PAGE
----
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Literary Spotlight: The Spectacle

Writing by underrepresented voices pairs beautifully with curated visual art in this multi-genre journal.

The Spectacle
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Ph.D. students Kelly Caldwell and Cassie Donish run much of their 4-year-old literary magazine, The Spectacle, out of their kitchen near Washington University in St. Louis. They’re passionate about the intersection of critical theory and creative writing.

“We’re interested in providing space for people to do weird and interesting hybrid and crossover pieces,” Caldwell says, explaining that as a scholar herself, she has found it difficult at times to claim the identity of poet as well. “Our goal is to open up the space for possibility in The Spectacle,” she says.

To that end, she and Donish and the magazine’s genre editors also want to emphasize the connection between literary and visual arts. Most pieces that appear in the biannual online publication are paired with original art from a variety of contributors. “The art is either made in response to a piece, or it’s curated,” Caldwell explains. “Each issue becomes a small art exhibit.”

 Tone, editorial content

Caldwell and other editors at The Spectacle want to give minority and queer voices space to talk about whatever subjects move them in the moment. “The writing doesn’t have to have anything to do with things that other people might expect from you,” she explains. “Writing about a black body, a queer body, transition, queer desire – those are all very important things and great things, and we have published pieces that hit those notes. But we are also really into giving marginalized people the permission to do what mainstream writers do all the time, which is just write casually about whatever they want without it being a burdened process.”

Caldwell herself is trans, and she rejects the assumption that she writes always from the perspective of a queer theorist. “I’m really happy to see ecopoetry from a trans writer,” she explains. “The writing doesn’t have to be about gender and identity.”



Past contributors to The Spectacle include Japanese-American writer Karen Tei Yamashita, trans genderqueer feminist TC Tolbert, and Daniel Borzutzky – the first-generation son of Chilean immigrants. Issue #6, out at the beginning of 2019, includes fiction by Asian-American writer David E. Yee and nonfiction by retired pediatrician Laura Johnsrude.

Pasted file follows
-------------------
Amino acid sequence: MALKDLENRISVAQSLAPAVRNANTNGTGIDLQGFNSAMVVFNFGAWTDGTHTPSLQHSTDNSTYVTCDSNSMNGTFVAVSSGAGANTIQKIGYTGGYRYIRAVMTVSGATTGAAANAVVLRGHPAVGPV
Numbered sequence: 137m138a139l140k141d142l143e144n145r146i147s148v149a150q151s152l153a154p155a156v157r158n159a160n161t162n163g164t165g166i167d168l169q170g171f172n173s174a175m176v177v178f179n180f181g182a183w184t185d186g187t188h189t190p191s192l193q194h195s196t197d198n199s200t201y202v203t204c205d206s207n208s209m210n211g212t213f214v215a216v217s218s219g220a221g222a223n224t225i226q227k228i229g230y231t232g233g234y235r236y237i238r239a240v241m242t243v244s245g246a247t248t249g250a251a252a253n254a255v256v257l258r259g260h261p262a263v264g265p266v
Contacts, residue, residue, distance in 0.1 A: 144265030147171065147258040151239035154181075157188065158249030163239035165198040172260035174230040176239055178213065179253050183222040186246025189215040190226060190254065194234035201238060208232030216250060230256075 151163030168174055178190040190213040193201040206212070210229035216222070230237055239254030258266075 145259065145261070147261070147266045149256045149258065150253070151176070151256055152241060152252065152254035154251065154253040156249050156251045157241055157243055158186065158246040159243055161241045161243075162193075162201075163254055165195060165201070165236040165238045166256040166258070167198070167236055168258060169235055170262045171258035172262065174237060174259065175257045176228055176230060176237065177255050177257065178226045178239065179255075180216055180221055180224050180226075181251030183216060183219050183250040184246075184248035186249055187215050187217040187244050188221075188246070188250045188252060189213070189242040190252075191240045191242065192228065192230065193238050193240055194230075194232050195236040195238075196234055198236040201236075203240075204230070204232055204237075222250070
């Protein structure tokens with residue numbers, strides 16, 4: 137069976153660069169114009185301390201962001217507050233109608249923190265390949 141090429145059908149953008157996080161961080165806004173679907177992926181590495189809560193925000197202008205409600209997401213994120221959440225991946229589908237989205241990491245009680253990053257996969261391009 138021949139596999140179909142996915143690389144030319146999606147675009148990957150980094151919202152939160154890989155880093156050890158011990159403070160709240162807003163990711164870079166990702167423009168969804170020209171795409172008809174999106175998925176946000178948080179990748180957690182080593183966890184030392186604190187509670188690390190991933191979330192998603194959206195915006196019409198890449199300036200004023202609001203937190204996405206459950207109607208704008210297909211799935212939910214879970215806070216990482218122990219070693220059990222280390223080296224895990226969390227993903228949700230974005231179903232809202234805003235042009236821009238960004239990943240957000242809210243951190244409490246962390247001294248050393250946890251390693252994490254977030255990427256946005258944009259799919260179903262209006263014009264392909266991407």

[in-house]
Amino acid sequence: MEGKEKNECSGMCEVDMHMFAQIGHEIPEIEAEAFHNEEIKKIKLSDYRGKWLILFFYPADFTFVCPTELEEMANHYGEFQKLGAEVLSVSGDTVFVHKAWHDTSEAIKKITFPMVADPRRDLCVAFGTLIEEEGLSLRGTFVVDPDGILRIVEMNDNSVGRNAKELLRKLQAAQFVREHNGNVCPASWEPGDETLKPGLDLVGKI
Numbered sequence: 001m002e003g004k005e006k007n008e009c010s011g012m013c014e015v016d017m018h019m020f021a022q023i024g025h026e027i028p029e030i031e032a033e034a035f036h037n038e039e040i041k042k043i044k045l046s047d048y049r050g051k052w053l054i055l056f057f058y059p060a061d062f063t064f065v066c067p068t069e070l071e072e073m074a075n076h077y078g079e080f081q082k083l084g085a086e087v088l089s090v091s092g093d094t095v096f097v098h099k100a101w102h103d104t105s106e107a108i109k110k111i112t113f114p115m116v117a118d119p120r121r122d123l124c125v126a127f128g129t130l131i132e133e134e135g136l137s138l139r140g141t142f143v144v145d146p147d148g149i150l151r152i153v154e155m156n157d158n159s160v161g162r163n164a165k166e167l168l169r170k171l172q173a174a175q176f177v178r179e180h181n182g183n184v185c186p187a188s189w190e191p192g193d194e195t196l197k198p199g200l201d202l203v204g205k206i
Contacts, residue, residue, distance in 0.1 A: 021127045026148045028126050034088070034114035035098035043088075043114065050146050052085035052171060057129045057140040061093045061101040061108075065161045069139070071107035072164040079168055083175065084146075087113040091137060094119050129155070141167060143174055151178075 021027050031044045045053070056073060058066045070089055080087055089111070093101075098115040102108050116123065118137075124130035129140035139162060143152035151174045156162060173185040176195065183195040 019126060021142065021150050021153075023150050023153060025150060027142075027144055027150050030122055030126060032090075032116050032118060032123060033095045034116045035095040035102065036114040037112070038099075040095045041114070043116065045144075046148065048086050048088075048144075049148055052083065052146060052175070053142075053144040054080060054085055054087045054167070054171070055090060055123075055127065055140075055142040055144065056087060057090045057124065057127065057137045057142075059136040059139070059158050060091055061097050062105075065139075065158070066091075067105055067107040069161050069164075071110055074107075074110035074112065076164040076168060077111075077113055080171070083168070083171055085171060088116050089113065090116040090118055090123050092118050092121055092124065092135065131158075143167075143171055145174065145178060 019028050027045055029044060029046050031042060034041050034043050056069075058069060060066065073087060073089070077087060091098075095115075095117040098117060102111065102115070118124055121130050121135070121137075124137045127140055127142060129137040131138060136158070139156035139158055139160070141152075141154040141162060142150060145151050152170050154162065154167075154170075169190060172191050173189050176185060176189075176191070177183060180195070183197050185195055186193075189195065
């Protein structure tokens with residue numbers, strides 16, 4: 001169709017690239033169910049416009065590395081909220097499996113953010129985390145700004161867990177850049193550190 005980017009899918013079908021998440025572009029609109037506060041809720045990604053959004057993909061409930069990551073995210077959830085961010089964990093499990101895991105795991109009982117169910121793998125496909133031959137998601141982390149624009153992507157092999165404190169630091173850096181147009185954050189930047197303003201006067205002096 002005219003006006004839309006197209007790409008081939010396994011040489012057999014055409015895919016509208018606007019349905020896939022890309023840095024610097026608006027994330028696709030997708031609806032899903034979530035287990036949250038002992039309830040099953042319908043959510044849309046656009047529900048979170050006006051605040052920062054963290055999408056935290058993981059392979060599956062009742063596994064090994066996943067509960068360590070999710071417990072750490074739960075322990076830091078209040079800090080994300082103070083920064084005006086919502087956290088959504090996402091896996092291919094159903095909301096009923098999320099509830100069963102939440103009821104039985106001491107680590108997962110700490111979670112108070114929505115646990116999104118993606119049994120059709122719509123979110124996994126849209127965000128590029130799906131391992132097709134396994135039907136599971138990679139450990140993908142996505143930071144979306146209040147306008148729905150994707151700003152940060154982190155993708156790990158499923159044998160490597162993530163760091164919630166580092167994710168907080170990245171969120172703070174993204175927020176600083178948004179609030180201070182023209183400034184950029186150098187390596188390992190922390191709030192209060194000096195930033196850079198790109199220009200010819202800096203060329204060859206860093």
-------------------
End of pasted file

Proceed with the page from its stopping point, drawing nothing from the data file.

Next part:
Johnsrude’s piece, “Look at my Chest,” begins:

“Tom Petty dies of a heart attack on the day of my breast biopsy. I picture him, this rock star I loved, looking down at his chest, clutching it with his hand, and then collapsing, lying down for the last time. If I live as long as Tom Petty, I only have ten more years.”


In 2019, editors ran a series of short essays under the heading “Internet Mythologies” that explore creative interactions with technology. Contributors included digital humanities scholars Melanie Walsh and Micah Bateman. “We sought out people who have multiple degrees, who have true scholarly expertise, but they’re interested in interacting with it in a way that’s more accessible and adventurous,” Caldwell explains.

She was particularly thrilled to publish three of trans poet Jos Charles’ pieces in Issue Six. “They’re three very small poems which unfold with surprise,” she says. “They’re really powerful.”

Caldwell is also delighted to have Aaron Coleman’s interview with African-American poet Jericho Brown in Issue Six. “It came out right before Brown’s new book, and the interview resonated with a lot of different people,” Caldwell explains. “It was exciting to have Jericho’s voice so clearly available for people to engage with.”


 Advice for potential contributors

Editors at The Spectacle are always looking for interviews with writers, musicians, politicians, and others. They request an email query beforehand, explaining whom the writer plans to interview and why. “The Revue,” The Spectacle’s eclectic blog, runs interviews, short poems and flash prose, as well as humorous short pieces including lists and comics, and book reviews, plus hybrid pieces.

Reading periods vary, so check the website for current information. Fiction writers are welcome to submit up to 5,000 words, while poets are asked to submit three to five poems or a total of eight pages. Nonfiction up to 5,000 words may include literary journalism, memoir, and personal essay. 

“An important aspect of The Spectacle is that we’re a very queer magazine, although we’re not labeled as such,” says Caldwell. “We’re definitely interested in nontraditional voices, in people of color and queer writers, though we’ve published a lot of straight writers, too. We aim to provide marginalized writers with a creative, readily available space.”


Contributing editor Melissa Hart is the author of Better with Books: 500 Diverse Books to Ignite Empathy and Encourage Self-Acceptance in Tweens and Teens (Sasquatch, 2019).